If you need to settle back taxes with the IRS, you're not alone. Millions of people owe back taxes, and, like you, many of them live in fear of the repercussions. The first step you can take to settle back taxes is contacting the IRS before they contact you. Many people believe that is impossible to negotiate with the IRS, but there is hope.
Back taxes are all the income tax you owe for previous tax years that you have not paid by the due date. The balance of your back taxes is charged penalties and interest until you pay it off in full. As the balance decreases, the amount of penalties and interest goes down but does not zero out until the balance is completely paid.
The IRS determines all of your property and investments available, including your vehicle, home, and retirement accounts, to decide whether they feel you can pay your back taxes in full. If you are not able to pay your tax debt in full, there are several payback options you can choose from.
Penalties on your tax delinquency add up. Proving to the IRS that you cannot pay these penalties can mean a reduction in the total amount due. Listed below are your options for settling back taxes.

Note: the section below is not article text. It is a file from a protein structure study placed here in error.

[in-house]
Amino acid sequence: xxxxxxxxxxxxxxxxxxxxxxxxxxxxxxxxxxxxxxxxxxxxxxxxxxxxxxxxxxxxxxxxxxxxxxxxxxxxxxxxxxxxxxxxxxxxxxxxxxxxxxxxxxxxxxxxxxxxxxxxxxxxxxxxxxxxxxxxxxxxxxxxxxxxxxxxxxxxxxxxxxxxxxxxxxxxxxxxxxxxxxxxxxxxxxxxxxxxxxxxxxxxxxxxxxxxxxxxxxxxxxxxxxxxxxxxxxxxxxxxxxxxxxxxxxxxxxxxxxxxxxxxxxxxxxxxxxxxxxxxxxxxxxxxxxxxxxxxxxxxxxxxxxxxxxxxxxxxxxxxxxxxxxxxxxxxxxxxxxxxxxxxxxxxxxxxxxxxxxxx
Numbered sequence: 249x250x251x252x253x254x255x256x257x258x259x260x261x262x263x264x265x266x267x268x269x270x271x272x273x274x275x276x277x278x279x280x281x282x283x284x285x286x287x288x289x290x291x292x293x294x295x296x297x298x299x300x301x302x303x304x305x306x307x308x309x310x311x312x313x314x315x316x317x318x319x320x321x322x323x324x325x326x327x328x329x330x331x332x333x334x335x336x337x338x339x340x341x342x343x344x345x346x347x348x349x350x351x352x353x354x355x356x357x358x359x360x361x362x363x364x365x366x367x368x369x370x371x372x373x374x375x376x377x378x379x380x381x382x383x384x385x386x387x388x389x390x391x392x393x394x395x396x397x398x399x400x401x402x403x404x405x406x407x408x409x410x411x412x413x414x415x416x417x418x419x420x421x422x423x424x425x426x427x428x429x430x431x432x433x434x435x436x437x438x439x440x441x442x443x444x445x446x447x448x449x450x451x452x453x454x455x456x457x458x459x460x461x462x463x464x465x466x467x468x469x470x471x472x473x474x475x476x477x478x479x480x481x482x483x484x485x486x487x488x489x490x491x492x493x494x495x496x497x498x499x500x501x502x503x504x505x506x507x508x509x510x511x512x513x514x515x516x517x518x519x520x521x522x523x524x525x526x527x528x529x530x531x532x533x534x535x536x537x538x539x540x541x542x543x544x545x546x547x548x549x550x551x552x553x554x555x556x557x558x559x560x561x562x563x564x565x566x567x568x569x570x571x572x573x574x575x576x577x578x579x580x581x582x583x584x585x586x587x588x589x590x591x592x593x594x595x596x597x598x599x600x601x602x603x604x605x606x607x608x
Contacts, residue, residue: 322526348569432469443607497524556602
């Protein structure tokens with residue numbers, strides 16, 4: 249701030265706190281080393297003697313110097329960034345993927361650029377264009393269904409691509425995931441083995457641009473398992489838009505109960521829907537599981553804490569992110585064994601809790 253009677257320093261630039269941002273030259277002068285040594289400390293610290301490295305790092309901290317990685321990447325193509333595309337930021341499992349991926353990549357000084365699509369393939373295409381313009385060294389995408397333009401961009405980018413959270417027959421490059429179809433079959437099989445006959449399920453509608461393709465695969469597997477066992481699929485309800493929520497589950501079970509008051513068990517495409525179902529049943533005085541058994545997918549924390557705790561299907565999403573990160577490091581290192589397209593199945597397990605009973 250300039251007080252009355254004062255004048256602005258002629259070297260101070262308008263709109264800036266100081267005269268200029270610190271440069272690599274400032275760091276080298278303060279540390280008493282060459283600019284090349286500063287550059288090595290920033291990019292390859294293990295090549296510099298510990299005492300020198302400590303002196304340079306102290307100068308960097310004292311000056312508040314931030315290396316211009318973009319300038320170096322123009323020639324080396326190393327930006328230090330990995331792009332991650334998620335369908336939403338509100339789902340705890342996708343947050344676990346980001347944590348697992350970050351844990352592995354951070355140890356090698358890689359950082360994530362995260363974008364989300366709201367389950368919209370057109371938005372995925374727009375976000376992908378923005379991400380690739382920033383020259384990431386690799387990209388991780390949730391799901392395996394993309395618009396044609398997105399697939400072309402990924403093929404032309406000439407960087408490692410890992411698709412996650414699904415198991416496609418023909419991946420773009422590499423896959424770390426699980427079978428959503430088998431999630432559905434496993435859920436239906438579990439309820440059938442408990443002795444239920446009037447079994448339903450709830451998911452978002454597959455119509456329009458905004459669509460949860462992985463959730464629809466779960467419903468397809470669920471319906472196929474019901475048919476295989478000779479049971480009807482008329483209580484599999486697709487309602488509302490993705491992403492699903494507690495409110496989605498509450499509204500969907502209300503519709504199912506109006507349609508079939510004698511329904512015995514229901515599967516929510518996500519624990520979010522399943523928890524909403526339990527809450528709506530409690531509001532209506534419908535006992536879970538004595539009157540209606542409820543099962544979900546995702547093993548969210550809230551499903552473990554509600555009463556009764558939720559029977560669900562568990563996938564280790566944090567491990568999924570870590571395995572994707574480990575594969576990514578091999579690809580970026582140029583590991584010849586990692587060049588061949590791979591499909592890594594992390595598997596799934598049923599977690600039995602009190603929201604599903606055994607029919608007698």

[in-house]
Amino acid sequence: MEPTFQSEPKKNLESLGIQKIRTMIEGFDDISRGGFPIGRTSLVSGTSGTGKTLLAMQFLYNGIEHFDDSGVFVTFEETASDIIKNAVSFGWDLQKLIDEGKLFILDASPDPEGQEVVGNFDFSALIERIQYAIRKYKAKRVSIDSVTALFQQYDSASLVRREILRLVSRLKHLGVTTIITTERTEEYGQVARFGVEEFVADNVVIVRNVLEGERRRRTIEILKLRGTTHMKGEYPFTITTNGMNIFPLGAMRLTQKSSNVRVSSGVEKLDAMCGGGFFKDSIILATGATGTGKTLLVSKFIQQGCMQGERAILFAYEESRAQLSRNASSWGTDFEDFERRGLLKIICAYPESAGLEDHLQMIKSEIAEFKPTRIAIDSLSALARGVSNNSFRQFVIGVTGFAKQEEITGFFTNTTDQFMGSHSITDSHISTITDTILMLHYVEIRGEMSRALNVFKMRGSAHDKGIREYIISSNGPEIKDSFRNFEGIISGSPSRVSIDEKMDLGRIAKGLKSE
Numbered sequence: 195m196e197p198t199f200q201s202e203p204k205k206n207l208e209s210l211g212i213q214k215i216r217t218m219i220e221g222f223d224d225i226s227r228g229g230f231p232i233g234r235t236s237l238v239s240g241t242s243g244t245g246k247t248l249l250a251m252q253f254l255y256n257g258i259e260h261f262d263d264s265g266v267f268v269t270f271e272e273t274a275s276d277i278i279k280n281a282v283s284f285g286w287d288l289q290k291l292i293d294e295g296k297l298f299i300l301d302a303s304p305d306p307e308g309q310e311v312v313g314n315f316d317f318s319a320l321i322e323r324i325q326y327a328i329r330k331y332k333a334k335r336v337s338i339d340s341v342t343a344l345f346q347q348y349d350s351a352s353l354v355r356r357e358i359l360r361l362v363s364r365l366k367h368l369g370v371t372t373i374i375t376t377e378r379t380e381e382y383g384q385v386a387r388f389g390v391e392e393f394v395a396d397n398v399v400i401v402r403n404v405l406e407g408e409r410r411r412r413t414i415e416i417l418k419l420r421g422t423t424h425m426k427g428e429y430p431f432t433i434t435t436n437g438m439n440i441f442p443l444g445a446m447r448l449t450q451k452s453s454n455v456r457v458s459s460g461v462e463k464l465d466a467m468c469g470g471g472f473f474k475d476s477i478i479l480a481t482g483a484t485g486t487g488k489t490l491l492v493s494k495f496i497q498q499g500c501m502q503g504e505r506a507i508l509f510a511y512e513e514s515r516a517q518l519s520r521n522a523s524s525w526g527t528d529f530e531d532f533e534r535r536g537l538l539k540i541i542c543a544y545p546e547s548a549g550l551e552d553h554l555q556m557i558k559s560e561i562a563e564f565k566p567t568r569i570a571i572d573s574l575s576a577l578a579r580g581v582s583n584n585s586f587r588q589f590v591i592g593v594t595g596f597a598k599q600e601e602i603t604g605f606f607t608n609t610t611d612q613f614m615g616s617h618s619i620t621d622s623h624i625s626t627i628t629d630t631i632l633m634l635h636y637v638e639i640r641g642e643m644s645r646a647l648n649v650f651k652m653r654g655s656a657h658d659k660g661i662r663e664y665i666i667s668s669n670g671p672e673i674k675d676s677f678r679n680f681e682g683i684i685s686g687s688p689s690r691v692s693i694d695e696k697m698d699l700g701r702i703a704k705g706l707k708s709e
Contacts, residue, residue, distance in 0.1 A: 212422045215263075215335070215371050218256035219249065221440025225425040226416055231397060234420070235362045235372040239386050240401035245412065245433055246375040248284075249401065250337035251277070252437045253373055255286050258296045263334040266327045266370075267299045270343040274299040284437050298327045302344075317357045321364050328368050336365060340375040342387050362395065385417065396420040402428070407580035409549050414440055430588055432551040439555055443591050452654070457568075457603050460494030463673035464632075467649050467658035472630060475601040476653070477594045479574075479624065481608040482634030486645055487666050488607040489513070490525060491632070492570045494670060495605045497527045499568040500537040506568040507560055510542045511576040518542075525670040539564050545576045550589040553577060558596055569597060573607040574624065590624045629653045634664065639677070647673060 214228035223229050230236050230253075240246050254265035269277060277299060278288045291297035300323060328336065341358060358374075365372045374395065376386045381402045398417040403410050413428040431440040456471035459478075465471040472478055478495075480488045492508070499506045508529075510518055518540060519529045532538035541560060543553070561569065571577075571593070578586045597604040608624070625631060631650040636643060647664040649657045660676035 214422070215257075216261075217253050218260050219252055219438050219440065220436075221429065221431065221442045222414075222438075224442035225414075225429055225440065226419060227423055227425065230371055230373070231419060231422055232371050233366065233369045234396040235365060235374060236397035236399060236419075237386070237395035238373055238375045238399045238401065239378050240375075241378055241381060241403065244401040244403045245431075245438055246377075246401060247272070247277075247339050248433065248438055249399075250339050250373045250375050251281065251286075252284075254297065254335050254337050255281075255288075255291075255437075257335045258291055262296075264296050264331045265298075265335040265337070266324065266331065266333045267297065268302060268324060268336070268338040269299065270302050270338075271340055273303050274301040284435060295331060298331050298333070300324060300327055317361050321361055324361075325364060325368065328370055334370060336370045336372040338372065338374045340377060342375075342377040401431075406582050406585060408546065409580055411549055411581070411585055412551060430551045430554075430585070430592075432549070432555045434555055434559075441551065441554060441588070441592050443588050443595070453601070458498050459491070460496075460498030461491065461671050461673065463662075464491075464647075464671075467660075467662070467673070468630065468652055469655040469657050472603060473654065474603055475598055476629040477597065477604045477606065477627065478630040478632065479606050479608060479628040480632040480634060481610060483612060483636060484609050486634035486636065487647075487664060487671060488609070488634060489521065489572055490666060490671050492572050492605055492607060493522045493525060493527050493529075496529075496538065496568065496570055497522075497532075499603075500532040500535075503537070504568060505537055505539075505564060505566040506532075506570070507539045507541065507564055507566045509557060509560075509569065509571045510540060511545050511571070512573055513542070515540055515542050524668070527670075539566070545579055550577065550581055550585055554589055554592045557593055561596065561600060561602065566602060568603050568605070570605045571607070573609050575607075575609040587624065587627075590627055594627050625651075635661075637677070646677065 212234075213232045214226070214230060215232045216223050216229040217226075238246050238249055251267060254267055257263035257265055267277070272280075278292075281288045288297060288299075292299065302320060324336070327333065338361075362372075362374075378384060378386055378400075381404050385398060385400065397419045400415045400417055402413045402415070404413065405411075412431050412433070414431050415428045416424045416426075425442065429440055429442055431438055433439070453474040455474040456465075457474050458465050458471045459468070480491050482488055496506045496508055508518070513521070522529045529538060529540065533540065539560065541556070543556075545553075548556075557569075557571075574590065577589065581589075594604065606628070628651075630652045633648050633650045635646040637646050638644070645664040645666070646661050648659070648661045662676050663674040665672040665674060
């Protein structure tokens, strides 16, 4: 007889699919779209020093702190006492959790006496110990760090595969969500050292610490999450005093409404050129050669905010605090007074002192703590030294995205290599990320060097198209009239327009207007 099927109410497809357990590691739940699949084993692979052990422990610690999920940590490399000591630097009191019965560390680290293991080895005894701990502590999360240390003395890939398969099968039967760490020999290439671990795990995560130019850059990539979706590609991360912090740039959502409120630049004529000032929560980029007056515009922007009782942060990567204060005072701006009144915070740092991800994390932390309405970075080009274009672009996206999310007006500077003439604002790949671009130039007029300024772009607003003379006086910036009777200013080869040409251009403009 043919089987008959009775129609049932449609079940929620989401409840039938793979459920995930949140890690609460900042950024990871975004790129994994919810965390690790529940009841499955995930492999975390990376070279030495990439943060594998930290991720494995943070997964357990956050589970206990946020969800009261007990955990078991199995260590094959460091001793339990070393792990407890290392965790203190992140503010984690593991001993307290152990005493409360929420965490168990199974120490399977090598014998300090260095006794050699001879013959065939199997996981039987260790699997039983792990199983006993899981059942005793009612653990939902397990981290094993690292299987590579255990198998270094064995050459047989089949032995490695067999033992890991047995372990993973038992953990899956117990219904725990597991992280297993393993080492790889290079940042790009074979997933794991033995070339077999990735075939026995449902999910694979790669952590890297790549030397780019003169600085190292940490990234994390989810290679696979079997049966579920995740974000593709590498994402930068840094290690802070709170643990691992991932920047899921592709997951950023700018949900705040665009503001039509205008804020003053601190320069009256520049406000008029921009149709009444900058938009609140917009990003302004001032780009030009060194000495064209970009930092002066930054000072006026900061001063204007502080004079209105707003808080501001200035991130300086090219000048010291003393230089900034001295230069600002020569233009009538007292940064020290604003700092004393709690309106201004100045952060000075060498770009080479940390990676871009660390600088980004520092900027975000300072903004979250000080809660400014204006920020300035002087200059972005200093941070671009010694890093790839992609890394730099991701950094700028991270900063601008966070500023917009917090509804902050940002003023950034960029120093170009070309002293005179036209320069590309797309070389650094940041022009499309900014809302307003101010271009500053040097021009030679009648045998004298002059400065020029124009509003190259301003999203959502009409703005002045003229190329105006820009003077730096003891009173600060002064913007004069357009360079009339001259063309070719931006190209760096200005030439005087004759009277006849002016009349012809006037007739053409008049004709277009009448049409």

The IRS allows you to set up an installment payment plan to help you pay your tax debt. Just remember that if you skip any payments or short-pay the monthly bill, the IRS can revoke your payment plan and demand the entire amount be paid at once.
To be eligible for an installment plan, you must:
If you owe more than $25,000, you must make payments via automated withdrawals from a bank account.
Many payment plans are available and the IRS payment plan options are always evolving. Currently, the payment plan options are:
An offer in compromise is a “settlement” for less than the tax balance due. However, you must prove you absolutely cannot pay the full amount. You can offer to pay the reduced amount in a lump sum or in short-term installments.
Here’s what you have to do to have a shot at an offer in compromise:
Once you file an application, the IRS will suspend collection activities. The IRS can still file or retain any tax refunds until it accepts your offer and you have fulfilled your end of the compromise.
You do not qualify if you are in bankruptcy proceedings.
If you absolutely cannot pay on time, you can request a delay in collection by completing a Collection Information Statement to prove your finances really are entirely underwater. It's sadly temporary, and the IRS may review your income annually to see if your situation has improved.
It does not make your tax debt disappear, and the IRS can still file a tax lien on your property.
Whatever your method to settle back taxes, you need an experienced firm on your side. Top Tax Defenders can help. Our team has: